Let’s check out the Gender too:

Not so clear this time, as the conversion rates are identical for both Males and Females. You could argue that 72% of conversions came from Males. But we already know that most of our traffic is of this gender, therefore this is expected.

That said, I think we’ve got some solid data to confirm we’re on the right track from an Age and Gender perspective. Our current plan looks like this:

  • Gender = Males
  • Age = 45 – 54 and 55+.

But, if we set up a Display campaign with just the above targeting, you would likely spend your budget within an hour or less! Or risk having some undesirable results like a very high bounce rate or low engagement.

Interests

Let’s use the Interests report to improve our targeting even further. Google segments its audiences by category, allowing advertisers to choose from Affinity, In-Market or ‘Other’ audiences.

Affinity Audiences are wide reaching; they contain users who display behaviour that can be seen as having a particular interest such as TV Lovers, Technophiles and Outdoor Enthusiasts. These audiences were built for businesses currently running a TV ad who would like to extend the reach of a TV campaign online cost-effectively.

In-Market Audiences are a little more targeted, they contain users who show buying behaviour against a particular vertical such as ‘Travel & Hotels’, ‘Autos & Vehicles’ or ‘Real Estate’. These audiences are designed for advertisers focused on getting conversions from consumers most likely to make a purchase.

Go to Audience → Interests → Overview

Set the Key Metric to Sessions. After all, we want to see how Google classifies our visiting users.

The above data tells us that our top Affinity category is ‘Shoppers/Shopaholics’. Well, this makes sense as my website is predominantly trying to sell a product. Next on the list is ‘Movie Lovers’ and ‘Travel Buffs’.

Ok great, so my users like to shop, they love to watch movies and like to travel. We’re building up a bit of a persona here…

Affinity

Let’s consider this with a bit more depth. Go to Audience → Interests → Affinity Categories

Focusing on the above data, conversion rates are identical with much of my Contact Us Enquiries coming from users in the categories discussed above. But how interesting that Auto Enthusiasts have the highest conversion rates!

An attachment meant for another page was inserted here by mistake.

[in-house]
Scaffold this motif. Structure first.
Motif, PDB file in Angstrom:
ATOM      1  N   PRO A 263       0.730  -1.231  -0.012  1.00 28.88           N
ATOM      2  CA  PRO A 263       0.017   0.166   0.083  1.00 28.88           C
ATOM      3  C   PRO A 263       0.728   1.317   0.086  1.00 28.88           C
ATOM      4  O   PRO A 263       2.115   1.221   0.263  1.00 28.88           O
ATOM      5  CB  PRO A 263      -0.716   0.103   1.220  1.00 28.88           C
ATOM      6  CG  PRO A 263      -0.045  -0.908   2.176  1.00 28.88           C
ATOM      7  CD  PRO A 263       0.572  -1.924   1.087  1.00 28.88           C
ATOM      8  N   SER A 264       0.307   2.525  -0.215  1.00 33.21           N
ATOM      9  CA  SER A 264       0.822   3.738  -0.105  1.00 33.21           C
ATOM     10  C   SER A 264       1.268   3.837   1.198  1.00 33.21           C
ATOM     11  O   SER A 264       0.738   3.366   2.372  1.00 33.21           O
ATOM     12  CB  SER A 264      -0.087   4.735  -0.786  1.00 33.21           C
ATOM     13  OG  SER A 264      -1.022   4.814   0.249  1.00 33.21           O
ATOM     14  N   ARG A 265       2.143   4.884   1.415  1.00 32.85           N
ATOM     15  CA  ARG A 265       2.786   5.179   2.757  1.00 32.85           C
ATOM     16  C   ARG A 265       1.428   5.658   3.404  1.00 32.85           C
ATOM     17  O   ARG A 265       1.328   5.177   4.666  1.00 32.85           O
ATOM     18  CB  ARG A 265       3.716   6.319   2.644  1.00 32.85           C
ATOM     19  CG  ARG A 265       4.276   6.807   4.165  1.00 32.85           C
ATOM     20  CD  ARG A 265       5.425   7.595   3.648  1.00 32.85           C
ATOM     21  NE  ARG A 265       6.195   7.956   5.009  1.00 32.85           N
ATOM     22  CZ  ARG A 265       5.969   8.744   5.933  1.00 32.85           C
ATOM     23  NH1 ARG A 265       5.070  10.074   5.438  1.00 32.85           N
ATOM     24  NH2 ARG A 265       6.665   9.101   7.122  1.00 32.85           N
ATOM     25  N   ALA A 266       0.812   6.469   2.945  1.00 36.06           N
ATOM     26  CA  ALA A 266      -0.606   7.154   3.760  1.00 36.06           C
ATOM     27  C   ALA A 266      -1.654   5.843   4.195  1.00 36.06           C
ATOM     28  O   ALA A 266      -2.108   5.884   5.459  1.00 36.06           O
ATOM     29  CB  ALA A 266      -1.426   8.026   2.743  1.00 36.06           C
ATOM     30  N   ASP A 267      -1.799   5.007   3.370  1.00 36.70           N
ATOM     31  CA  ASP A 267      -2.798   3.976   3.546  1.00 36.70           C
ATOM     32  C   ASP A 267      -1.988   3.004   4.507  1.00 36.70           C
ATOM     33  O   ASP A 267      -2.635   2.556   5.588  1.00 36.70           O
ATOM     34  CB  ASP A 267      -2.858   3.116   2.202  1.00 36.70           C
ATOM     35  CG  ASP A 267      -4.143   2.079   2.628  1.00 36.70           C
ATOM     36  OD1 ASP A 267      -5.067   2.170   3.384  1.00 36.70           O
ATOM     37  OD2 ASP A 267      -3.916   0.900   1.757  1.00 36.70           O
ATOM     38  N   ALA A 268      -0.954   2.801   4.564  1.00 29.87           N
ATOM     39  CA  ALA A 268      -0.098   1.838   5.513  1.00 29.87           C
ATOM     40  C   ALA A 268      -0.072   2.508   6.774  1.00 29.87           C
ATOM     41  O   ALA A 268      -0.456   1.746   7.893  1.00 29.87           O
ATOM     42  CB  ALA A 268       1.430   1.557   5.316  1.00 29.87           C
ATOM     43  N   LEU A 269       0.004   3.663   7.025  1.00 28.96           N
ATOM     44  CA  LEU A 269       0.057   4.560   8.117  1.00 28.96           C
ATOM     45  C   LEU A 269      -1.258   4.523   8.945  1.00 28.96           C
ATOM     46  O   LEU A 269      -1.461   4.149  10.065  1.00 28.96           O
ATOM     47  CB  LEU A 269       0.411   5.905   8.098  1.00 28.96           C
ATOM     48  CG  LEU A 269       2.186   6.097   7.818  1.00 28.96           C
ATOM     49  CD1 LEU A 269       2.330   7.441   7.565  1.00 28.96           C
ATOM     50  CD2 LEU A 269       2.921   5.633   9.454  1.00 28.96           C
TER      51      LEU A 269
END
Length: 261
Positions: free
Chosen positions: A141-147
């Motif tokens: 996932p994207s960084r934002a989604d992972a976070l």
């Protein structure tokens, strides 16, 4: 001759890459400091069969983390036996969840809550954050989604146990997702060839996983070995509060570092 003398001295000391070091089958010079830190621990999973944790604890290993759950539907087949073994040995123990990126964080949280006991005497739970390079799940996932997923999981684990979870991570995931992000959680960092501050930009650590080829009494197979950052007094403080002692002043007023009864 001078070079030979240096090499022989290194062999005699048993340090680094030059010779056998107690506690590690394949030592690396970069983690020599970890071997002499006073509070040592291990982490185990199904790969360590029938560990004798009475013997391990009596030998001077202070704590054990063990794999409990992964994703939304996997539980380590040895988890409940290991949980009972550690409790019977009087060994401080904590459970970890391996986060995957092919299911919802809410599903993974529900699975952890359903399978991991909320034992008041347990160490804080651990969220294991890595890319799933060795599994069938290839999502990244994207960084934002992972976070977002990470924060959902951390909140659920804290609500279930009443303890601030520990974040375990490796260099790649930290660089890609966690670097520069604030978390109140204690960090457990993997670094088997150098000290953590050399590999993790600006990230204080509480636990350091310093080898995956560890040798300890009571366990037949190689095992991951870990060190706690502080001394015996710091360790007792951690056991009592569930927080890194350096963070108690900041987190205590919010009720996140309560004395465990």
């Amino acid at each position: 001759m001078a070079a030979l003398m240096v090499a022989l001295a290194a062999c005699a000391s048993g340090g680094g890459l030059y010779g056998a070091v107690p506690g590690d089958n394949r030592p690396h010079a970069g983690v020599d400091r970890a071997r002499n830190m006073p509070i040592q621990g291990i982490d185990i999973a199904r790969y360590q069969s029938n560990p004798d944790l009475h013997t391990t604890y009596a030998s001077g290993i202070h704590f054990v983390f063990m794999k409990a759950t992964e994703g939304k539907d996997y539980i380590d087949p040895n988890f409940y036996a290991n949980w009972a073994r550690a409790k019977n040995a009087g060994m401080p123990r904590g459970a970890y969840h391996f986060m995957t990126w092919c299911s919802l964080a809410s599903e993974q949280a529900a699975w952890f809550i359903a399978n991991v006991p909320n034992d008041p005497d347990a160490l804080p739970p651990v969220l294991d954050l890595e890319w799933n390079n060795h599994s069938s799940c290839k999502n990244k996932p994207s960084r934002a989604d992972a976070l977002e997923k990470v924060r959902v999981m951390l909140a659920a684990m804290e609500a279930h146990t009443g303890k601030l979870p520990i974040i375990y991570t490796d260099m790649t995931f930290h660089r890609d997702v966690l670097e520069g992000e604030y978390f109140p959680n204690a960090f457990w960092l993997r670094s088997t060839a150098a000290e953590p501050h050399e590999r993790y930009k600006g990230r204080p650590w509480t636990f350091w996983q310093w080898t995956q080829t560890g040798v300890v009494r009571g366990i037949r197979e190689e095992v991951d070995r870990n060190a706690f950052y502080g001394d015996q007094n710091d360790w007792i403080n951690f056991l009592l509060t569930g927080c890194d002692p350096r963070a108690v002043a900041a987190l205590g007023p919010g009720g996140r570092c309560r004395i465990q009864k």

And In-Market audiences, how do they fare with the above?

Ah interesting, so a lot of my traffic is from users who are currently in the market for a vehicle and maybe interested in a holiday (aren’t we all?). Great stuff, let’s dig a bit deeper…

Goal Completions

This time I’m going to sort my data by Goal completions, as I want to see which audience gives me the most Contact Us Enquiries.

Just as I thought, users who are in-market for ‘Autos & Vehicles’ and ‘Travel’ send me the most enquiries. I think I know who I want to spend my money on…

Let’s summarise the above. That’s quite a lot of data, but it’s only actually taken about half an hour to get the data I needed.

Summarising

Remember how we started off with no idea who to target, let alone which audiences I should go for?

We can now assume the following:

My Target Audience

  • Gender = Males
  • Age = 45 – 54 and 55+
  • Have an affinity for shopping, movies and TV
  • Interested in automotive and travel
  • Like to spend money on vehicles and holidays

Therefore, we can assume a buyer persona. “Geoff is our customer, he is above 45 years old and likes to watch movies and TV. He likes shopping, in particular, he likes cars and holidays.”

With this data, I can go ahead and build my Display campaign ensuring that I use the above data as my targeting method.

When you attempt a campaign build yourself, remember to use Google Display Planner to determine your initial bids and please, make sure you have a conservative daily budget. It’s easier to increase a daily budget than to decrease it once the money has already been spent!